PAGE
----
Finally you don't really even need to worry about food as they have a couple of decent restaurants with some seriously good cake. Plan for a whole day out and you'll have a truly fascinating time. 


Located just a 30 minutes train ride train from London. Bletchley Park is the perfect place for people interested in history and code breaking. Indeed, Bletchley Park during WWII was the workplace of code breakers and military intelligence whose aim was to intercept and decipher encrypted messages sent by rival forces. I found it extremely fascinating, and indeed I spent more than 3 hours wandering around the place and its buildings, as there is a lot to see. Upon entrance you’re given a paper map and a complimentary media guide. However, should you decide to go just for the paper map, all the information on panels is displayed in an interactive, accessible and easy way, so to keep interested adults and children alike. Should you be interested in live demonstrations, you won’t be disappointed, as there is one solely dedicated to the Bombe machine, an encryption machine whose aim was to crack the Enigma code. It is to say that the demonstration lasts about 40 minutes, but it’s extremely engaging and interesting. Lastly, if you’re a fan of the film ‘The Imitation Game’ you’ll be surprised to know that the real Alan Turing worked in Bletchley Park for years.

Bletchley Park is definitely worth a visit, there is so much to see and do, and perhaps you’ll even be surprised by what you’ll discover! Give it a go!


Thoroughly enjoyed a day out at Bletchley Park, and glad that the entry ticket is valid for another 12 months. Bletchley Park is where codebreakers, linguists and over 9000 British people worked during WW2 to decipher encrypted messages sent by axis power. It is packed with lots of historical and technological information, but presented in an easy to understand and interactive way. The museum spans across multiple sites and huts, and they were restored brilliantly. The star of the show is the Bombe, built to help crack the Enigma code - so make sure you stay for the live demonstration. The whole venue is also very access friendly, so bring your kids and older family members too!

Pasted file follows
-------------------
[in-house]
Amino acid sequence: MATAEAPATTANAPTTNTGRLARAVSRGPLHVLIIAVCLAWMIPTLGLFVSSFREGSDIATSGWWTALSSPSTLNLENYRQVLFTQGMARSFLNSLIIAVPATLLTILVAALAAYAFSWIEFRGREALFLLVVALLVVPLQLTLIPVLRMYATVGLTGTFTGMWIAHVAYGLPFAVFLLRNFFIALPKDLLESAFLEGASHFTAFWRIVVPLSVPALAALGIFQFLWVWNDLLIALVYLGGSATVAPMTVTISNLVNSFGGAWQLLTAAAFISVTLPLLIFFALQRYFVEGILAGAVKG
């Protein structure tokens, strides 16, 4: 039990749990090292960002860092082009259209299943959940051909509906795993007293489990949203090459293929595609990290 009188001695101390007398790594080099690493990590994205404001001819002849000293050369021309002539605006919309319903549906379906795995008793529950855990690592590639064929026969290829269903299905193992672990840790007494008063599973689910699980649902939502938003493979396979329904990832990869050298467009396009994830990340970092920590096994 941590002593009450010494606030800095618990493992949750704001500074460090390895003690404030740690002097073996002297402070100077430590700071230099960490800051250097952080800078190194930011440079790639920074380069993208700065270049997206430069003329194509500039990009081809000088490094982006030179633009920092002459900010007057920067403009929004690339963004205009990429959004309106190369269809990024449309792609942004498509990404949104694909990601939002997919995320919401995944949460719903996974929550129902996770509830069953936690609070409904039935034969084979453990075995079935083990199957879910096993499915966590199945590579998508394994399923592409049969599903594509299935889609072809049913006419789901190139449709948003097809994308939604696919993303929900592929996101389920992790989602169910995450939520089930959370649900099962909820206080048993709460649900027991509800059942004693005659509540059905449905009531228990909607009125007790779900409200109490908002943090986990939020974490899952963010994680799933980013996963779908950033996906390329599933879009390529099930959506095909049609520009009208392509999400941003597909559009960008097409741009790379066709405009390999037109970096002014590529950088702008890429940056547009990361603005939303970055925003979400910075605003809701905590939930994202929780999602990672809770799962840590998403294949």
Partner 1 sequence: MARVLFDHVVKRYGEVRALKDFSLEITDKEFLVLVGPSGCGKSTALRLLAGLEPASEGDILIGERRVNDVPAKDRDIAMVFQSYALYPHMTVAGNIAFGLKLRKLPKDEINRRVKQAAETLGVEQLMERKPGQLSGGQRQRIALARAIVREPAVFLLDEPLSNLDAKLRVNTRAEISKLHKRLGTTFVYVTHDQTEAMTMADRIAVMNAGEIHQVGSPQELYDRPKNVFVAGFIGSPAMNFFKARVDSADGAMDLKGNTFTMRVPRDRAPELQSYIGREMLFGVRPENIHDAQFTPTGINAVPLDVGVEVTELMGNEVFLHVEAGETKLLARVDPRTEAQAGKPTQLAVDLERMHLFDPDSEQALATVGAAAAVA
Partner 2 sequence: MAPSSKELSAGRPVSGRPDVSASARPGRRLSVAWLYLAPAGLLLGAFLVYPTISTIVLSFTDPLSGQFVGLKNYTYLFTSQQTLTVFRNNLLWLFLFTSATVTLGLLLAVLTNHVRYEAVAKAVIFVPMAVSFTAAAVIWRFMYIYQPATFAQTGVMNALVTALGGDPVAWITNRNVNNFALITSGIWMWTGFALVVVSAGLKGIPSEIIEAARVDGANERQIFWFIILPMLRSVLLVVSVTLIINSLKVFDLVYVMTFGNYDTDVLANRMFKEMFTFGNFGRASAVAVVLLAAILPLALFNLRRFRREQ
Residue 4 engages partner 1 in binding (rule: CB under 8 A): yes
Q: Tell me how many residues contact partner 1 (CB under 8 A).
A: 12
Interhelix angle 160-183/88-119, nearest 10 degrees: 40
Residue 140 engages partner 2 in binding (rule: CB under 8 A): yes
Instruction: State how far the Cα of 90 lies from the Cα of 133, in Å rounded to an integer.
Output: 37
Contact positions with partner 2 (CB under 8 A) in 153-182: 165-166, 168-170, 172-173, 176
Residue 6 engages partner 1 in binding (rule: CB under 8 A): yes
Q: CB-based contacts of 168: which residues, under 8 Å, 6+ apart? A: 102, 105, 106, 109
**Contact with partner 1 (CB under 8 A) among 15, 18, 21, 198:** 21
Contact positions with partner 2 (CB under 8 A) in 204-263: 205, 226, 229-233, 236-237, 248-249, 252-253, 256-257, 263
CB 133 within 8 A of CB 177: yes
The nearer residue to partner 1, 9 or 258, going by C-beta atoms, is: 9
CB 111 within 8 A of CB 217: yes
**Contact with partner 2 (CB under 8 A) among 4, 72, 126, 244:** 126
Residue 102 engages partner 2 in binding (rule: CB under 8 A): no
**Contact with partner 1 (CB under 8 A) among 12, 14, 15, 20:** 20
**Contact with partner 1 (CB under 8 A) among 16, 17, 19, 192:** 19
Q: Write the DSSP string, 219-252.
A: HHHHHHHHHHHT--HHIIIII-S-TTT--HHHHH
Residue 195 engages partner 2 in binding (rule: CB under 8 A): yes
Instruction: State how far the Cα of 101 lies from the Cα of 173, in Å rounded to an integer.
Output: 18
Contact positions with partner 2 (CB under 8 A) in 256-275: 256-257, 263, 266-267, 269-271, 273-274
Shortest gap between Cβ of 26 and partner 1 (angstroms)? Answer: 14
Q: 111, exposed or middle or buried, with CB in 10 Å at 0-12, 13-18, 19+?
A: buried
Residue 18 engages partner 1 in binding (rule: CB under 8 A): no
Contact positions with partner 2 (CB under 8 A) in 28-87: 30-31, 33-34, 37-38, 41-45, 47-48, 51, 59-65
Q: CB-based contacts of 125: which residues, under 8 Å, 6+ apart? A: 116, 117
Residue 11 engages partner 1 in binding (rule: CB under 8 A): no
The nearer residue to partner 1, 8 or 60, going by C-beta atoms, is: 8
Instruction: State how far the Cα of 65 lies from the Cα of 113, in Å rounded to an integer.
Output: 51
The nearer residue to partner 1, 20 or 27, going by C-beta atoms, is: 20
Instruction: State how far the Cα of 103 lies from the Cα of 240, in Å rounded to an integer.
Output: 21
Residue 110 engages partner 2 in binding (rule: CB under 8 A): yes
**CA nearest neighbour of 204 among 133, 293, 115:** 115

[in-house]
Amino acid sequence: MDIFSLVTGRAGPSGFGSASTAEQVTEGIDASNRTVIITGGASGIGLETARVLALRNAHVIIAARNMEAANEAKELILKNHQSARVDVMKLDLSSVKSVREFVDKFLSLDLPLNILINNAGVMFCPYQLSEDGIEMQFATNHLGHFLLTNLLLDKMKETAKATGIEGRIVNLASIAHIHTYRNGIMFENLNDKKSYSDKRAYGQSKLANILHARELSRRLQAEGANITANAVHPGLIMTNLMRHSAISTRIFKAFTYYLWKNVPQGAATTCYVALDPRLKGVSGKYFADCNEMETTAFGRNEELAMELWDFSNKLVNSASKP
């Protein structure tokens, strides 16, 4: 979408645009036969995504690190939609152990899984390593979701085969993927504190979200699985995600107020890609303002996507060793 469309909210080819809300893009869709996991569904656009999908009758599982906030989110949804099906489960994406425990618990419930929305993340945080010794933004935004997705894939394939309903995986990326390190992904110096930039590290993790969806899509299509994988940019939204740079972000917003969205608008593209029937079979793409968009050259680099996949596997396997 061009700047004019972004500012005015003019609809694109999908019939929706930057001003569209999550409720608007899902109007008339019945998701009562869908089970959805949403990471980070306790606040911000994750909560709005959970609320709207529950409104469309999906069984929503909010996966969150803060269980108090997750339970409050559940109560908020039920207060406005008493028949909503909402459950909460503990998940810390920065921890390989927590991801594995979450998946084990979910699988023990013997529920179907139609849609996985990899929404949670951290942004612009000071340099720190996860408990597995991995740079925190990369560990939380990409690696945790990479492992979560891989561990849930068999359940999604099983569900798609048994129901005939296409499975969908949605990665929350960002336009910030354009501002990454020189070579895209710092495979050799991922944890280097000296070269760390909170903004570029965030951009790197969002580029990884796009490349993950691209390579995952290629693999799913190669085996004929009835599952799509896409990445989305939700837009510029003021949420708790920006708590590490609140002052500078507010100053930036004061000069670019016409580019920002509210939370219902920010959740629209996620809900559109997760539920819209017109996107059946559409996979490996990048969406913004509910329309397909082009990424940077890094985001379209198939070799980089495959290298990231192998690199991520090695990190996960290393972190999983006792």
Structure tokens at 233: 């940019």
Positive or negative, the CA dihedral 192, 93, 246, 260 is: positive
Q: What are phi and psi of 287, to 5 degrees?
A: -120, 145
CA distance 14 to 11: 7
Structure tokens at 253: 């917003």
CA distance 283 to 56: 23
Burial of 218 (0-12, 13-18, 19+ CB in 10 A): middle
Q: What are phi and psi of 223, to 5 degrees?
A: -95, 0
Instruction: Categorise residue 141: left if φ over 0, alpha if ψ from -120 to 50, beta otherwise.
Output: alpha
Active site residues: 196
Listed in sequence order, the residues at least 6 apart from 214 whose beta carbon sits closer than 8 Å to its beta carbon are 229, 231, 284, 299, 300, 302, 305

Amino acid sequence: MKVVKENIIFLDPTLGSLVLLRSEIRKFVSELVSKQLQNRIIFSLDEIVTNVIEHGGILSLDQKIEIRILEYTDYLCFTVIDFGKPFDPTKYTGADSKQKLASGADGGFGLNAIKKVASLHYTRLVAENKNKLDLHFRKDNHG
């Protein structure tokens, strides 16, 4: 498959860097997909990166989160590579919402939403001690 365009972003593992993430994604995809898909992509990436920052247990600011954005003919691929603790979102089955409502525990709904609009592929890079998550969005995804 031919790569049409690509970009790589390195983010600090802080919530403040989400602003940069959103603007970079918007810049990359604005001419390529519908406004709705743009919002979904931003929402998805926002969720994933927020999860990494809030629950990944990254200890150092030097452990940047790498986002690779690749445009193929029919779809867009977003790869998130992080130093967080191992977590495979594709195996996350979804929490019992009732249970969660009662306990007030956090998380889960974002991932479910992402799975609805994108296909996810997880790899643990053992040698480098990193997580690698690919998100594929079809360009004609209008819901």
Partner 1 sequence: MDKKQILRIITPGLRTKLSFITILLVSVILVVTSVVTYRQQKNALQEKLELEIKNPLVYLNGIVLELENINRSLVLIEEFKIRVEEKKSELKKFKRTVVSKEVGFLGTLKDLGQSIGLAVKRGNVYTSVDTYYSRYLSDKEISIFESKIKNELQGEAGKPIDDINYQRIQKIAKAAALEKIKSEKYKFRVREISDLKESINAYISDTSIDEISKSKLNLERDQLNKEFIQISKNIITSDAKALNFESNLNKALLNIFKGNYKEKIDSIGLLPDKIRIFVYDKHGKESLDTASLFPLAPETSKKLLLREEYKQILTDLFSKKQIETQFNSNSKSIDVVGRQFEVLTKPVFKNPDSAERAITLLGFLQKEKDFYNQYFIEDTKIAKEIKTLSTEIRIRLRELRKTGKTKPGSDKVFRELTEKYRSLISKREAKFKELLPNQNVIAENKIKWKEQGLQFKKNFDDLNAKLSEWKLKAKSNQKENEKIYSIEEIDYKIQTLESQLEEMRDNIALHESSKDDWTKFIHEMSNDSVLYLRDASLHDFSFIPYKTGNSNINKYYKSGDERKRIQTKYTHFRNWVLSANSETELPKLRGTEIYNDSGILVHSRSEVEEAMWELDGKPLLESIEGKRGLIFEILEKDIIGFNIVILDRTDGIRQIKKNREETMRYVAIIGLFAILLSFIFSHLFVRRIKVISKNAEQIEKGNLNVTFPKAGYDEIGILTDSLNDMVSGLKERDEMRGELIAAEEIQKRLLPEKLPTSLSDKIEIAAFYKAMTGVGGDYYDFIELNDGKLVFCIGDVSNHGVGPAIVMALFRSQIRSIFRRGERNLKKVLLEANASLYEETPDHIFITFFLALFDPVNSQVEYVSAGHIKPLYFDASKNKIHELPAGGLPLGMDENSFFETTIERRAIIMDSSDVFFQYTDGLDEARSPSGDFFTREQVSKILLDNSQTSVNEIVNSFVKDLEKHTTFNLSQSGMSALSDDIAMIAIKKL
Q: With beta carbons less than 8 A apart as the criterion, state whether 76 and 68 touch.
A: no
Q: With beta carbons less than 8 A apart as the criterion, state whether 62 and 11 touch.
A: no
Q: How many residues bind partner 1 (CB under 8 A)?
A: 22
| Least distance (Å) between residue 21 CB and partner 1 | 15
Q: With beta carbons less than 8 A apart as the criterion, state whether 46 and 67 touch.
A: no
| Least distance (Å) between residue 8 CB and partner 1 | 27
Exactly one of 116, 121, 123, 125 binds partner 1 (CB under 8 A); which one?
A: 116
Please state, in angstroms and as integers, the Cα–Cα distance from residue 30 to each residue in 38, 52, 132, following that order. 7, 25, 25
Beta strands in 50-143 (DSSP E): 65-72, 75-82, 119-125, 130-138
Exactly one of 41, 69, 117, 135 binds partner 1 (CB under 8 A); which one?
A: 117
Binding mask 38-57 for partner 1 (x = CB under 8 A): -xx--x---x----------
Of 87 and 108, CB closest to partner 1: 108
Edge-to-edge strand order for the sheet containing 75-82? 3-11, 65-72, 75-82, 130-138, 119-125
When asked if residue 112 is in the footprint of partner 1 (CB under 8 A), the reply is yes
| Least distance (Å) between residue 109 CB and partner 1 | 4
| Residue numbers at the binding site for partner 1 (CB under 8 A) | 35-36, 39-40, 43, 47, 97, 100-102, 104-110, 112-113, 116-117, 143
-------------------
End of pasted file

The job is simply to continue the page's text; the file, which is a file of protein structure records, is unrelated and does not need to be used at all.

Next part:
I found this place fascinating. Not sure what the other reviewer is going on about - the audio/video guide was brilliant, giving you options to watch a basic introduction to each part of the site or further videos to learn more. The guide was included in the entry fee, as was a paper map. Spent a good 2-3 hours wandering around the place. They also have a small but interesting exhibition about the film 'The Imitation Game' which is set there, with interesting props and costumes on display. Less than 2 hours from London and definitely worth a visit.

Not recommended if your hard of hearing and you cannot use the multimedia guide with headphones You don't get the opportunity to get a general map for the park (not availabie to buy). unless you buy the complete guide for a small A6 size map on the back Plus, it's extra price for the museums entrance hall with the colossus computer. Plenty of empty rooms in the huts and the mansion house is nearly empty too. Don't waste your time, just read about it on the internet !